“Understated” is probably the operative word for this whole performance, actually… brilliant sound, an expertly chosen set veering between slow, stripped back material and their rockier moments (a perfect example being a brilliant mid-set double of an angular, propulsive “Mistaken For Strangers” and a racy, jet propelled “Graceless”, being followed by the tender “Carin At The Liquor Store”, as if to clear the air), Matt Berninger’s usual befuddled Geography teacher stage presence and vocals veering between half-remembered mumble and startled shriek, and the Dessner twins’ occasional dual guitar shredding, throwing sharp relief onto the reverentially observed quieter moments. All that and more… it again felt, however, that The National were playing within themselves, pacing themselves over the 2 hours, or even 4 nights. Nothing wrong with that, I guess; a few moments of driftwood in the set for me, sure, but when it worked (the afore-mentioned “Mistaken”/ “Graceless” double, a startling, proto-punk “Turtleneck” or the brass blare fanfare of a singalong and totally appropriate “England”) it really was quite breathtaking.

“Day I Die” was ragged and riff-strafingly dramatic, and the taciturn Berninger announced set closer “About Today” as, “the most depressing song ever written… enjoy!” “Terrible Love”, the final of a 3-song encore, finally saw Berninger really cut loose, crowdsurfing, Frank Turner style, as the song took dramatic flight behind him, bringing another slightly uneven but occasionally majestic 2 hours to a close. A fortuitous set-list and farewells to my gig companions – good to catch up with David again! – before a similarly unimpeded journey home. Worthy as ever, The National, and at times stunning; overall, a splendid evening!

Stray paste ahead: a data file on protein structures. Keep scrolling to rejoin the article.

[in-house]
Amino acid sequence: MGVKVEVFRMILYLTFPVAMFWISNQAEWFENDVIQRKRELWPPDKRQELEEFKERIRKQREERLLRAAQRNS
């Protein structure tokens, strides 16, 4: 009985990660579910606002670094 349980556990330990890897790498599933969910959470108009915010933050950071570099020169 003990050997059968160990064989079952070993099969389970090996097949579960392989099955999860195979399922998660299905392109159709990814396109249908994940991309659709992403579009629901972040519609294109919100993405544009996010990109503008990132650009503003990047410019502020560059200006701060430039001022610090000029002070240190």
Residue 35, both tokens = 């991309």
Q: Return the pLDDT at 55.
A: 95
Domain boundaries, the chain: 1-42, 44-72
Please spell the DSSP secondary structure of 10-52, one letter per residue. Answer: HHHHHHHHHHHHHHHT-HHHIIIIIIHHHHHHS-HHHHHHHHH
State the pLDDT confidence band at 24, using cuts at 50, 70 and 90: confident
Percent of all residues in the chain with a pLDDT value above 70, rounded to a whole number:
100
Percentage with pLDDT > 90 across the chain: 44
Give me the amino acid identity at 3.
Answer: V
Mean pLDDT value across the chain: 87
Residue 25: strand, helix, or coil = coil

Sunday, 24 September 2017

1,054 RAZE*REBUILD, The Harlers, Ant Willis, Swindon The Castle, Friday 22nd September 2017




Contact lenses in, shorts on in late September, double kneestrapped up… it must be a Raze*Rebuild gig! Yup, for the 9th time of asking, a gig by Swindon’s finest purveyors of blue-collar, popcore tinged rock’n’roll saw me girdling my loins and preparing for my inevitable rocking out down the front. I dunno, I might be 52 and with dodgy knees that usually scream, “enough!” at the sight of a slightly askew paving stone, but give me a Raze*Rebuild gig and, just like that sweat-drenched guy at the recent Martha gig, I’m bound to totally lose my shit, there’s no pretending otherwise…! This one was an auspicious occasion as well, being a CD Release Party for their new 4-track EP, “The Interlude”, a collection of numbers that sees a pronounced development in vocalist Si’s songwriting skills, a wider, more structured and epic tempo-changing sweep and range to the new material, as well as finally committing long-time “live” favourite “New Leaf” to record. Bound to be a good one, right? Right!

A trip up the hill, then a frustrating trawl around old town to find a working cashpoint, saw me rocking up to The Castle for 8.15. Liam, stellar guest drummer last time out, was hanging out with the R*R boys in the Castle beer garden in advance of his sadly-clashing Vic gig with his usual band Hail, so I joined in with the general piss-taking about his age, and obscure band rock chat. First act on, Ant Willis, took the stage with a big acoustic and a Chilli Peppers-like rap-metalesque number which thankfully proved to be an outlier for his set. Formerly of local rock combo A Way With Words, he subsequently veered into a more morose and bitter yet strident melancholic oeuvre, with “3 AM” my personal favourite of his set. Not sure about the cover of “Can’t Help Falling In Love”, but this was a decent enough start, despite some lyric “malfunctions” along the way.